Tu B’Shvat, the Jewish New Year for Trees, will be celebrated this year from sunset January 20 to sunset January 21, corresponding to the 15th day of Shvat on the Hebrew calendar.
Yes, it’s still winter in Israel, but traditionally the 15th of Shvat is when the earliest hint of pink blossoms start appearing on the almond trees, heralding the coming crop of bountiful fruits.
In ancient times, Tu B’Shvat was the date used to calculate the beginning of the agricultural cycle for the purpose of taking tithes from produce. Since 1892, Tu B’Shvat has been celebrated in Israel by planting trees.
In modern times, Tu B’Shvat has turned into an international Jewish Earth Day with its own Seder showcasing Israeli wines and fruits.
Remarkably, there were few trees standing when the first Jewish pioneers arrived in the land of Israel toward the end of the 19th century. After centuries of neglect and foreign conquest, the land was rather desolate.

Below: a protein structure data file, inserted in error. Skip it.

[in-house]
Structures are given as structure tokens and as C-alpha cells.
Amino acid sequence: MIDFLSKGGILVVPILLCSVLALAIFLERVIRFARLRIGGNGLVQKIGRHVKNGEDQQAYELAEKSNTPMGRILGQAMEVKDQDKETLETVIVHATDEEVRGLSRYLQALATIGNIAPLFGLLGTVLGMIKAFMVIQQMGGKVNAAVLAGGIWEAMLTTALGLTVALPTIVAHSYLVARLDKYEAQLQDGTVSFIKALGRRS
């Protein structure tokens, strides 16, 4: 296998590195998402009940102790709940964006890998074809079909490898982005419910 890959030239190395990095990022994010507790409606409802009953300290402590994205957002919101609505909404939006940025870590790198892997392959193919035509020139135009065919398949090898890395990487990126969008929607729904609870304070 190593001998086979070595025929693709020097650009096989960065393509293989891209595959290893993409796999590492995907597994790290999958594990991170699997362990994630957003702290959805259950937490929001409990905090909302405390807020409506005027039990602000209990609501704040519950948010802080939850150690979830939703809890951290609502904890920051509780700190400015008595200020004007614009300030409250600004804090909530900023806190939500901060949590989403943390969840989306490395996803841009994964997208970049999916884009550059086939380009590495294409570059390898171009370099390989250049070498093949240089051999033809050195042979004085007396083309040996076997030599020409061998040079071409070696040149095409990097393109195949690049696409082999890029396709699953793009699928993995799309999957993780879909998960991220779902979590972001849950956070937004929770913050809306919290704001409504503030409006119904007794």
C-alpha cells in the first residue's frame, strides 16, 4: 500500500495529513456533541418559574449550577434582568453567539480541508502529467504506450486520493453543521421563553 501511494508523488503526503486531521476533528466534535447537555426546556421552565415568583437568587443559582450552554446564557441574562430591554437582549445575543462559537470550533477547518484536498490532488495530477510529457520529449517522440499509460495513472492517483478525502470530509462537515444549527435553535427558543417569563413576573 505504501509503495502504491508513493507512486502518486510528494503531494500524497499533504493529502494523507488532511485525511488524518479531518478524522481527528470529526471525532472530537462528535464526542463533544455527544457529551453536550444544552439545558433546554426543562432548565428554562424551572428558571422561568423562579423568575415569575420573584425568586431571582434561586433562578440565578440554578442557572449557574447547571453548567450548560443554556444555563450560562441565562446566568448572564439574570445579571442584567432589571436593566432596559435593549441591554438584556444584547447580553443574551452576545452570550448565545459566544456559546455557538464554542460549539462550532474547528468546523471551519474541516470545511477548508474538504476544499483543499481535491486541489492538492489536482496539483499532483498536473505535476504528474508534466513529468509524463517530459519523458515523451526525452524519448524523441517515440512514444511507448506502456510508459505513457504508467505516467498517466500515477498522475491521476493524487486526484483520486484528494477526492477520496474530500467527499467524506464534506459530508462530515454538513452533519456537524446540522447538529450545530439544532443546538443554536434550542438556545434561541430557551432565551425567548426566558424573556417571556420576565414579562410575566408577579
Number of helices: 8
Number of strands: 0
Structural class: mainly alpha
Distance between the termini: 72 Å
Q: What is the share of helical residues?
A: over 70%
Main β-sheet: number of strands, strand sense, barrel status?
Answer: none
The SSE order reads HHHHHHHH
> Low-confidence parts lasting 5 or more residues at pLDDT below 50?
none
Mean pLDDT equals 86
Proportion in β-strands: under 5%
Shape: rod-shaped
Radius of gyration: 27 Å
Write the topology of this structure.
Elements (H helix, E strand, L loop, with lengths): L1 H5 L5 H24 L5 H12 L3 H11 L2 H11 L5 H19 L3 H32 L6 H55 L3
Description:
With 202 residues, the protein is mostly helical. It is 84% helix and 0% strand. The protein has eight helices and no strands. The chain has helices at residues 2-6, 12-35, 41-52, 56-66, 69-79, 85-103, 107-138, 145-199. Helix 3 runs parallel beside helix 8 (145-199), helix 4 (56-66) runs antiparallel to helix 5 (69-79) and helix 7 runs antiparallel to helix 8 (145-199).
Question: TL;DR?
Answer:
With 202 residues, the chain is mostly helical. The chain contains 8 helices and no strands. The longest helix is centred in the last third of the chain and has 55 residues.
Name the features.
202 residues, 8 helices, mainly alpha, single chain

Since it was founded in 1901 to buy and develop land in Ottoman Palestine, Keren Kayemeth LeIsrael-Jewish National fund (KKL-JNF) has planted more than 240 million trees in the arid and semi-arid soil of Israel.
In 1948, about two percent of Israel was covered in trees. Now it’s up to around 8.5%. Due to a focus on rehabilitation and afforestation, Israel is believed to be one of the only countries in the world that ended the 20th century with more trees than it had at the start.
The variety of trees planted by KKL-JNF’s forestry service includes conifers, deciduous trees and fruit trees. Some are indigenous to the region and some were brought to Israel from other countries.
Over the past year, when an estimated 2,600 acres of KKL-JNF forests in the Western Negev were destroyed by fires caused by incendiary devices launched from Gaza, KKL-JNF is working with Gaza border residents to plant more trees as a symbol of life and hope.